When Agape was being built the electrical requirements and amount of electronics was probably very minimal. My guess would be a couple of 12V pumps, VHF radio, lighting, maybe refrigeration, some outlets and a sparse AC system for charging and power at the dock.

Todays cruising boats carry more and more electronics, requiring larger and larger battery banks, different voltages, and more charging capabilities.

Agape is a power-hungry, Amp Hour eating monster!!!! Over the course of her 32 years on the water, and owner after owner, she’s been pieced together bit by bit, and sometimes it’s hard to do a proper installation on a cruising boat. You might be in the middle of no where without enough wire, terminals or tools to do a good job, but the job still needs to be done.

Behind the electrical panel there was a total rat’s nest!!!! voyager-diaries-5Burnt, cut, and cracked wires would overload a terminal, or go nowhere at all. The PVC and poor labeling made fault-finding near impossible. So….. We just ended up putting it off and just didn’t open the panel!!!! Everything worked, so we figured don’t fix it, if it ain’t broke!!!! 

That was until it didn’t all work…. then, it was time. Rachel had to leave town for work for three days and that was the perfect time for me to completely destroy the boat. I really thought that in three days I would be able to rewire the boat. How hard could it be? Not only did I have Nigel Calder’s book, Boatowner’s Mechanical and Electrical Manual, but I also had YouTube, and Google!

I started with the 12V and 120V Panel, it was easier just to pull the panel and take the snake of wire into the garage where Bo (our cat), and I could strip it and rewire the whole thing.

voyager-diaries-6

Once the Panel was rewired It was time to start pulling out the old wire and running new wire to all the electronics on the boat. Some of it was still good, in fact most of the wire that would be pulled would be reused. As long as it was cut back to expose new bare (tinned) wire I figured why not.

So, then we just had to figure out where to start……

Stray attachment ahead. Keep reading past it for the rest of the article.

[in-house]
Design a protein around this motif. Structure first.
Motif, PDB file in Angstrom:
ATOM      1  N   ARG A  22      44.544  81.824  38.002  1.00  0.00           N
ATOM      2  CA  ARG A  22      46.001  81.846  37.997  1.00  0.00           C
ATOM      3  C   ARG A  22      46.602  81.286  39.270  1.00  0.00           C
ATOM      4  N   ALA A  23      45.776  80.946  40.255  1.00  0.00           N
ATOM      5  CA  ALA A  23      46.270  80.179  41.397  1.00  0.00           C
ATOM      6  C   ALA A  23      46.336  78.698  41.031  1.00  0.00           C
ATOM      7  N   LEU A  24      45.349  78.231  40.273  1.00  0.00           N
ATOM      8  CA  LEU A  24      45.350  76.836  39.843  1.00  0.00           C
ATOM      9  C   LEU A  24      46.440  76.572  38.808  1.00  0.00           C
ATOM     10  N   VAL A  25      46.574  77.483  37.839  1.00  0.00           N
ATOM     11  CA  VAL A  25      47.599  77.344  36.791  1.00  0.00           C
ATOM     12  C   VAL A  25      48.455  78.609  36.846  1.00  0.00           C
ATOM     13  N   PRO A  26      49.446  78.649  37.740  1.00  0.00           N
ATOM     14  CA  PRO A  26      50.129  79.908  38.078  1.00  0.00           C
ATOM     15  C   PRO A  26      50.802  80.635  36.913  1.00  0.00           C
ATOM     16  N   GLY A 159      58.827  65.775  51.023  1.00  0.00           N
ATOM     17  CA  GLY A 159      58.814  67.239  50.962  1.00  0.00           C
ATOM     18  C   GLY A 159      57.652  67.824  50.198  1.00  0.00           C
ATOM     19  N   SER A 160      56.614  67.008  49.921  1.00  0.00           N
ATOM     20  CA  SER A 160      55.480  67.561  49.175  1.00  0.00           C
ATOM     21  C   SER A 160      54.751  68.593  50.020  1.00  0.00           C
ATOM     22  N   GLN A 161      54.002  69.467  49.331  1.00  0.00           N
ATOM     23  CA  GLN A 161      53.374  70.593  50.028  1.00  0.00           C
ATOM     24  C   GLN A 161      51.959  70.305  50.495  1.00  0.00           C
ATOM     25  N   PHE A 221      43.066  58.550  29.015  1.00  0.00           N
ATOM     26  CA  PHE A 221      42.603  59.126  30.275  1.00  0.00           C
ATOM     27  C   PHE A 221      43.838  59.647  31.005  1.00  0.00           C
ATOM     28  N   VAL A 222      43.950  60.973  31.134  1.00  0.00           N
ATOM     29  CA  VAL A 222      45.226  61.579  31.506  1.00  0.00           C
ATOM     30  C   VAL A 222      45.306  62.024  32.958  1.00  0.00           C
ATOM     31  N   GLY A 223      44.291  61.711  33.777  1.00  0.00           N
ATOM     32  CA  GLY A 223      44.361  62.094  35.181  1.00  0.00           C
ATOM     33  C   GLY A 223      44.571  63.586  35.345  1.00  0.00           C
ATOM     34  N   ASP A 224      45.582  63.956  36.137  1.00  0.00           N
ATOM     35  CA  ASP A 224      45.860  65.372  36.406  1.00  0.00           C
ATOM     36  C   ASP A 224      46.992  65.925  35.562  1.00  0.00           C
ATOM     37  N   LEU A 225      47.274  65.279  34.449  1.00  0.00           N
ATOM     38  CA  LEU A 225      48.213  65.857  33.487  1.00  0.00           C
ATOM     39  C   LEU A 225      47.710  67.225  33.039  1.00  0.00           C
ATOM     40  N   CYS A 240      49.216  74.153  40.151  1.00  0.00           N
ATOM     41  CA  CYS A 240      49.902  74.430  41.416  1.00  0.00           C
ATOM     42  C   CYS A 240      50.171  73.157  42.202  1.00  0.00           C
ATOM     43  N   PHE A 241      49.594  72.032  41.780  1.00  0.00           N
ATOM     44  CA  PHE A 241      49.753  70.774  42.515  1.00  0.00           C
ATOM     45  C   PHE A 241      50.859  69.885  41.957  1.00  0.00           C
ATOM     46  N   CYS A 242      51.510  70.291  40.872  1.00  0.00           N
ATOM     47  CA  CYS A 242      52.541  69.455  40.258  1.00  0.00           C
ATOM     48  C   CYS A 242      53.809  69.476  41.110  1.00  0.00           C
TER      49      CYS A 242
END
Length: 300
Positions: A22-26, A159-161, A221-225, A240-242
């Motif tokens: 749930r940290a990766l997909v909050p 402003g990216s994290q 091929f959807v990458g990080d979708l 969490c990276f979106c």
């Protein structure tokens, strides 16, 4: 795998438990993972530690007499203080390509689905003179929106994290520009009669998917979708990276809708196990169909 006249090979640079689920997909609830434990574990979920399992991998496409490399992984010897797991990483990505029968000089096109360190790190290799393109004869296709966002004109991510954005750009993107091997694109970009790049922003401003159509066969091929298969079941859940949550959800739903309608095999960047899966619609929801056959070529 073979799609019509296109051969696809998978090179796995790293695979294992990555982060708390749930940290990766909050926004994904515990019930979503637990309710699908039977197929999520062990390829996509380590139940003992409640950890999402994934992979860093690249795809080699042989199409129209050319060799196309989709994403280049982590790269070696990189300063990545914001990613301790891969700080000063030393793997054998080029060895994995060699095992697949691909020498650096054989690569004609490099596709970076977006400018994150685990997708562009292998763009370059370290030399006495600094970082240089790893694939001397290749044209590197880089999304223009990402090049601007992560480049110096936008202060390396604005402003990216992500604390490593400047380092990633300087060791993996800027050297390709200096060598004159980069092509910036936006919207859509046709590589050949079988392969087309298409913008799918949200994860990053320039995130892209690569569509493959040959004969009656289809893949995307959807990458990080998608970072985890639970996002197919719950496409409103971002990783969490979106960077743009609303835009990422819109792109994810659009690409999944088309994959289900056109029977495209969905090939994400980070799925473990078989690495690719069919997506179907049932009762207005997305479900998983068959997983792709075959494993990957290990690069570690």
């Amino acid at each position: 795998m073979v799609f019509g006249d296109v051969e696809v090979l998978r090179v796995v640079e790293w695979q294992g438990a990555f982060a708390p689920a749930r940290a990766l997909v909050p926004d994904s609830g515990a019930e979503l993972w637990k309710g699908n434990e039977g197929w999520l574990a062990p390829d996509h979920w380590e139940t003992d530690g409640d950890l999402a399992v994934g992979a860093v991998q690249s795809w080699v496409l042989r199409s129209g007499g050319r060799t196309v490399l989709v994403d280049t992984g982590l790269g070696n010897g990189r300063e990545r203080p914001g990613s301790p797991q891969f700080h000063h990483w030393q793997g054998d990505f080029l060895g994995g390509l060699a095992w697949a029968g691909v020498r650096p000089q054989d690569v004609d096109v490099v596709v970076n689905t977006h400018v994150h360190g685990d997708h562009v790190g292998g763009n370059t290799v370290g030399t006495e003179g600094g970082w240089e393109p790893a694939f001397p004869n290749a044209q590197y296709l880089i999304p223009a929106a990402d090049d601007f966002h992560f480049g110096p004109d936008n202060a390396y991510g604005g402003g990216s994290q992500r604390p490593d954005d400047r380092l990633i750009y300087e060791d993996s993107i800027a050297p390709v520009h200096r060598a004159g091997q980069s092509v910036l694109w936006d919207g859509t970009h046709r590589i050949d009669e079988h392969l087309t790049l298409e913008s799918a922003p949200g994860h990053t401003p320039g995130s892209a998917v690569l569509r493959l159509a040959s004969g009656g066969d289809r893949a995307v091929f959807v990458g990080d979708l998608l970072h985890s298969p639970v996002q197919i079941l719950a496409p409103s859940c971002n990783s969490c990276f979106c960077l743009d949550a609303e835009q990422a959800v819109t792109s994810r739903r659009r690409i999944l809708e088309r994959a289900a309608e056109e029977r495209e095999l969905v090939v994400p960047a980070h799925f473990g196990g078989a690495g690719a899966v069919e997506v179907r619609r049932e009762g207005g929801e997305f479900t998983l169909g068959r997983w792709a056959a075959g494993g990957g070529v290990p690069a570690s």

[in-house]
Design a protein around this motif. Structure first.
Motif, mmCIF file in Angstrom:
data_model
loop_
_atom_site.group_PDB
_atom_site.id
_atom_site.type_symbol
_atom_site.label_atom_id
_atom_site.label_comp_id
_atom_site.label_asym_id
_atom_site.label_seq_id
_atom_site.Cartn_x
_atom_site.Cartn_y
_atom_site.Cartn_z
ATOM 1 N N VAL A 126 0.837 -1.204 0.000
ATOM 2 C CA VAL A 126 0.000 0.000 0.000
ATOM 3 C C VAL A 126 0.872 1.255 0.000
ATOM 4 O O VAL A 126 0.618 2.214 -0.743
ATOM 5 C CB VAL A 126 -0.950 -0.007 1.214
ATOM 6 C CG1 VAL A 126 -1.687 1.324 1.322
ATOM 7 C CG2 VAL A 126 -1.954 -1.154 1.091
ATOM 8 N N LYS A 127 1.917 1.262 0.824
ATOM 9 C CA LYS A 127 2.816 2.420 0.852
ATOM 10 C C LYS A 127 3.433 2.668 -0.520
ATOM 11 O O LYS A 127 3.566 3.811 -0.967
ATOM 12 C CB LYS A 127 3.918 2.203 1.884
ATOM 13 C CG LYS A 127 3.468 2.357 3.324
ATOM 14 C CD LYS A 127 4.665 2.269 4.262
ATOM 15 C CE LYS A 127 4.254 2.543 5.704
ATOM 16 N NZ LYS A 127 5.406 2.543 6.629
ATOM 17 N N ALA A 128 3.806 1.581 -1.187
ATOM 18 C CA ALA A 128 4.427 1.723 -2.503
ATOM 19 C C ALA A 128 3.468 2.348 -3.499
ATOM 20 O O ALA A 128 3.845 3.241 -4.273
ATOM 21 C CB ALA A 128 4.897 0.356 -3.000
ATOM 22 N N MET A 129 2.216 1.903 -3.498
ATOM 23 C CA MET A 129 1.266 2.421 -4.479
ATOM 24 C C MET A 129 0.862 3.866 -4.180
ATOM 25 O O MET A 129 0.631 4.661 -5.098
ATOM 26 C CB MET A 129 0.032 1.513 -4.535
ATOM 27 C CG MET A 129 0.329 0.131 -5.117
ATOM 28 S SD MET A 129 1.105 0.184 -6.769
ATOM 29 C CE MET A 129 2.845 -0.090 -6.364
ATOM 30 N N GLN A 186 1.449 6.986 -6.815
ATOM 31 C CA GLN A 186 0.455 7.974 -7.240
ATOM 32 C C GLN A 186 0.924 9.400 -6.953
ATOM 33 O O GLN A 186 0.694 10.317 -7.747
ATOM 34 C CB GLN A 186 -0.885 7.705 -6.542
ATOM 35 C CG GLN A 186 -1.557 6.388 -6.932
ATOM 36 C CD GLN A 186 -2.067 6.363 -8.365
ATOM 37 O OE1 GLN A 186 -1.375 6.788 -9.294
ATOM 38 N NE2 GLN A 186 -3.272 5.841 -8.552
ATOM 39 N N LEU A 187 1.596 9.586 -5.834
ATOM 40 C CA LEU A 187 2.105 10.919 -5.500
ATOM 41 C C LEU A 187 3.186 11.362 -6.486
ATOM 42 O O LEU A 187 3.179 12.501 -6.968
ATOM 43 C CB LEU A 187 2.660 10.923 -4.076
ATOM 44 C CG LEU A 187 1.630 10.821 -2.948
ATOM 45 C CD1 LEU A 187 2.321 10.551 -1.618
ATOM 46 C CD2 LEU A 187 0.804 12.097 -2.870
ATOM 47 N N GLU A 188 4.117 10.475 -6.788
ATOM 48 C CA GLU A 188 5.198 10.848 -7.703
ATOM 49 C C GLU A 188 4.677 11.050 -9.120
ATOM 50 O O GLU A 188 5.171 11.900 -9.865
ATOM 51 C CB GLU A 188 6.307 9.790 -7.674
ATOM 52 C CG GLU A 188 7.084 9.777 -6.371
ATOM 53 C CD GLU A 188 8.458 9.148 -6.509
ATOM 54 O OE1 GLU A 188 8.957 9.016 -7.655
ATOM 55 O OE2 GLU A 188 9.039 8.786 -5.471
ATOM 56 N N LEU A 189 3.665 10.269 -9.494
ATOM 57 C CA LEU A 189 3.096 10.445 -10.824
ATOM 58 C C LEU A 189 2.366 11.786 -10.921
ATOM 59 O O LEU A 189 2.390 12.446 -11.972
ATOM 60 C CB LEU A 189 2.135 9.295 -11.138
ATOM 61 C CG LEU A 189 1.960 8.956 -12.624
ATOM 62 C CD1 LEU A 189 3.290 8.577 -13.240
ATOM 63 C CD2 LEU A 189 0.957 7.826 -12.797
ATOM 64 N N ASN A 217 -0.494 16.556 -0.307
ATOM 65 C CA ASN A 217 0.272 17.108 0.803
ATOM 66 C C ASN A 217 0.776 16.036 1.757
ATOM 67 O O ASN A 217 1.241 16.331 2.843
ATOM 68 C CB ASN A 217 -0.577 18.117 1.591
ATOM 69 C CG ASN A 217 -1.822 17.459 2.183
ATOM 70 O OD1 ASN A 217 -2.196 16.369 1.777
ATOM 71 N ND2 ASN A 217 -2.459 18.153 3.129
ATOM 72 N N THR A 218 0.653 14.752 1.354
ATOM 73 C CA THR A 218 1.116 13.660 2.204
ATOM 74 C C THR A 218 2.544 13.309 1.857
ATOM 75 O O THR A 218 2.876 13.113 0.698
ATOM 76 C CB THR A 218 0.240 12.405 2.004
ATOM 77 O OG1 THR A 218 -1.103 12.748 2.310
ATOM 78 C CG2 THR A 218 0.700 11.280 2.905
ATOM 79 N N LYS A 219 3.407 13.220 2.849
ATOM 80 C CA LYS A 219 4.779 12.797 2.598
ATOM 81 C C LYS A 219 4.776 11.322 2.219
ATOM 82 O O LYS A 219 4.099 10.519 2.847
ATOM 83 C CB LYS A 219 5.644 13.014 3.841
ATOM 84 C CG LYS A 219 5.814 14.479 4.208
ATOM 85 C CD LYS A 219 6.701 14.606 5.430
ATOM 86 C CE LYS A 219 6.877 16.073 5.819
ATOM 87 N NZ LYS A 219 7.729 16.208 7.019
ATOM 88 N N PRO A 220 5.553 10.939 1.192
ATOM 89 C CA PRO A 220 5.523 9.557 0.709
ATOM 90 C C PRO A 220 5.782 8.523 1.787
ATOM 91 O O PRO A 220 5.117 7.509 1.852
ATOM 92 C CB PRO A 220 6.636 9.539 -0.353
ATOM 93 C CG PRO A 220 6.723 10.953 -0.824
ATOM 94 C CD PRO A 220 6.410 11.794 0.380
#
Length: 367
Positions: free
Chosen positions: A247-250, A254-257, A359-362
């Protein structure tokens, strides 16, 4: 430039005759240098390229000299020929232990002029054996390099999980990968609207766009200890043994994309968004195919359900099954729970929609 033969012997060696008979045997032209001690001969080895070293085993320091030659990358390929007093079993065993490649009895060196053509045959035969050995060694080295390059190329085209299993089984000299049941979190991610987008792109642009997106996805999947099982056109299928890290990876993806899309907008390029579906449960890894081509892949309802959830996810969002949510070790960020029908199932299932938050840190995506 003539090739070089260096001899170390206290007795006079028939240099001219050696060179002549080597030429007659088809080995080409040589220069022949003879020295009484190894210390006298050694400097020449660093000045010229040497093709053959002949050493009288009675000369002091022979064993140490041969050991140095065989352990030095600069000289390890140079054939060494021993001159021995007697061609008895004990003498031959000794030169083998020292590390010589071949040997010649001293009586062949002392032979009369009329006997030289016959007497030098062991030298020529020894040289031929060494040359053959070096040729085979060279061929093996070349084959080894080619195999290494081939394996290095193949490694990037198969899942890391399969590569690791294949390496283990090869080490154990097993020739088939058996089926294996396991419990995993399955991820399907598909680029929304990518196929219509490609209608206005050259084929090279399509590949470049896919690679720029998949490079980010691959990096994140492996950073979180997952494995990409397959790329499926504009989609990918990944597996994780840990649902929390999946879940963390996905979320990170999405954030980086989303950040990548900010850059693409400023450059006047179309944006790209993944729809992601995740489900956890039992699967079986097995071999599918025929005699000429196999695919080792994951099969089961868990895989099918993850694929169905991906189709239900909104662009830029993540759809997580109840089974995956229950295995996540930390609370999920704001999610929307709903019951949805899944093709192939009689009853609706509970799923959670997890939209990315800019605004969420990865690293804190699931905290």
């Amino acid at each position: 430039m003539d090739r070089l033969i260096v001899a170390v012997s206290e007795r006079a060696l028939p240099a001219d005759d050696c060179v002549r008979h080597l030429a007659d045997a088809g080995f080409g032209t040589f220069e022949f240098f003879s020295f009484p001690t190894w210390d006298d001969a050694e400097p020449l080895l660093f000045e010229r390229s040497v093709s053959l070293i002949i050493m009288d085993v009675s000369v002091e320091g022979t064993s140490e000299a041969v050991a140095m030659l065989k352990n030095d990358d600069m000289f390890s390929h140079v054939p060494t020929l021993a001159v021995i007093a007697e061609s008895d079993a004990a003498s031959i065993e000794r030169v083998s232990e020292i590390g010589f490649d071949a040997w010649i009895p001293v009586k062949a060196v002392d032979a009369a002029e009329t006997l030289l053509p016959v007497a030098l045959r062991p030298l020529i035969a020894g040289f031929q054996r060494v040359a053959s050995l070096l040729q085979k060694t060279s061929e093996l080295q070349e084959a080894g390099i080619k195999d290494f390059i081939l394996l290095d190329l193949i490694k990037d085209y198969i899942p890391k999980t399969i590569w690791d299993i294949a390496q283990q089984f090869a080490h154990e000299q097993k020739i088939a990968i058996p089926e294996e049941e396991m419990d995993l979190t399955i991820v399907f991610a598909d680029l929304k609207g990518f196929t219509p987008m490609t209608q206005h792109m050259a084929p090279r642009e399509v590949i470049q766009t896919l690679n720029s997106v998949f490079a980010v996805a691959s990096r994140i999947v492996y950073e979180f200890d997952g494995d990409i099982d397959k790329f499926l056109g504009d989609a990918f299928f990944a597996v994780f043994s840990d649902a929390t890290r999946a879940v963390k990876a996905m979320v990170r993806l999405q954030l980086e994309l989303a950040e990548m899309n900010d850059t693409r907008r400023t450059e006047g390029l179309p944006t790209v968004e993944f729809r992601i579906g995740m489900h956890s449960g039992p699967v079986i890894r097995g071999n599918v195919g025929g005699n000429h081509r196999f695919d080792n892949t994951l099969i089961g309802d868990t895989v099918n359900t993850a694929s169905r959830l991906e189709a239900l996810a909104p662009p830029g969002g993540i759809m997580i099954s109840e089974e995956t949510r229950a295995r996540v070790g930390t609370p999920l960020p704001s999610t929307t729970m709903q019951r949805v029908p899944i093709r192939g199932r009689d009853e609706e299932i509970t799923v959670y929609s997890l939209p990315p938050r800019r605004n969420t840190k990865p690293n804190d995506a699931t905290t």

First I disconnected all power at the batteries, disconnected shore power and solar panels before doing anything. Then I just started pulling, ripping it all out. I drew a little diagram and would label where each wire where each started and ended, it’s length, the color and it’s size. I had hoped that this would make it easier when it came to start pulling the new wire. This ending up taking all three days!!! Sometimes, until eleven o’clock at night when my brain would no longer function. I’m not sure if the wires being previously labeled helped or hurt in this endeavor because half the labels were wrong. When they were labeled I would end up second guessing myself and have to recheck where I pulled it from.

When Rachel came back to the boat she found it a complete disaster!!!!!

There was progress being made but it was slow, and since we were doing it on a budget, it was even slower. Whenever I needed a piece of wire I would search through the pile to see if I could find the right one. I think our boat would have won an award for most butt connectors found on one wire. It seemed to be a trend that every wire we pulled would have been split off to either power other electronics or just end and be wrapped up and taped behind lockers.

There were definitely times in this project that I doubted my capabilities and thought I was in over my head. Luckily I had my Dad to fall back on for technical support and to bounce ideas off of. I think that Nigel Calder said it best when he said, “Once you have finished rewiring your boat, and truly learned how to do it, you will want to do it again the right way.”

Essentially, you start the project knowing the basics and when your finished you have learned how it should be, and this was true for us. Everything works, everything is up to code and so forth but, if I could do it again I would run the wires to the breaker panel slightly different so that it would look more professional. But heck it’s much, much better than before and we have gained invaluable experience. Next time we have an electrical project we can do it with confidence. 

One more item checked off the list!!!!

Top 5 things learned during the Project:

  1. Buy full spools of wire!!! You always end up using more that you think and often you can find a 100’ spool online for near the same price as buying 20’ in store.
  2. Adhesive lined heat shrink, and drip loops. A lot of the ends of the wire were corroded, even the tinned wire would be discolored. We are hoping that by adding drip loops (especially in the bilge and where any wires come inside the boat), and sealing the ends that this will help fight corrosion and make for better, longer lasting connections
  3. Professional grade wire stripper and crimper. The little ones that come in basic wiring kits are fine for terminating a wire here and there, but when you are cutting, stripping and crimping hundreds of connections it pays to have good tools.
  4. Get familiar with soldering. Practice on the bigger wires as much as you can because when you get down to the 22AWG tiny little wires it will help. Oh and watch your coffee intake if you are soldering a bunch of stuff, I got a little shaky!!
  5. LABEL EVERYTHING!!!!! Label the beginnings and ends of the wire, and on longer runs label them multiple times along the wire. This will make following the wire so much easier in the future. The wire makes this easier as you can use an indelible marker to write on the outer sheth. 

Wire size calculator: make sure that you are not only safe but efficient. http://circuitwizard.bluesea.com/#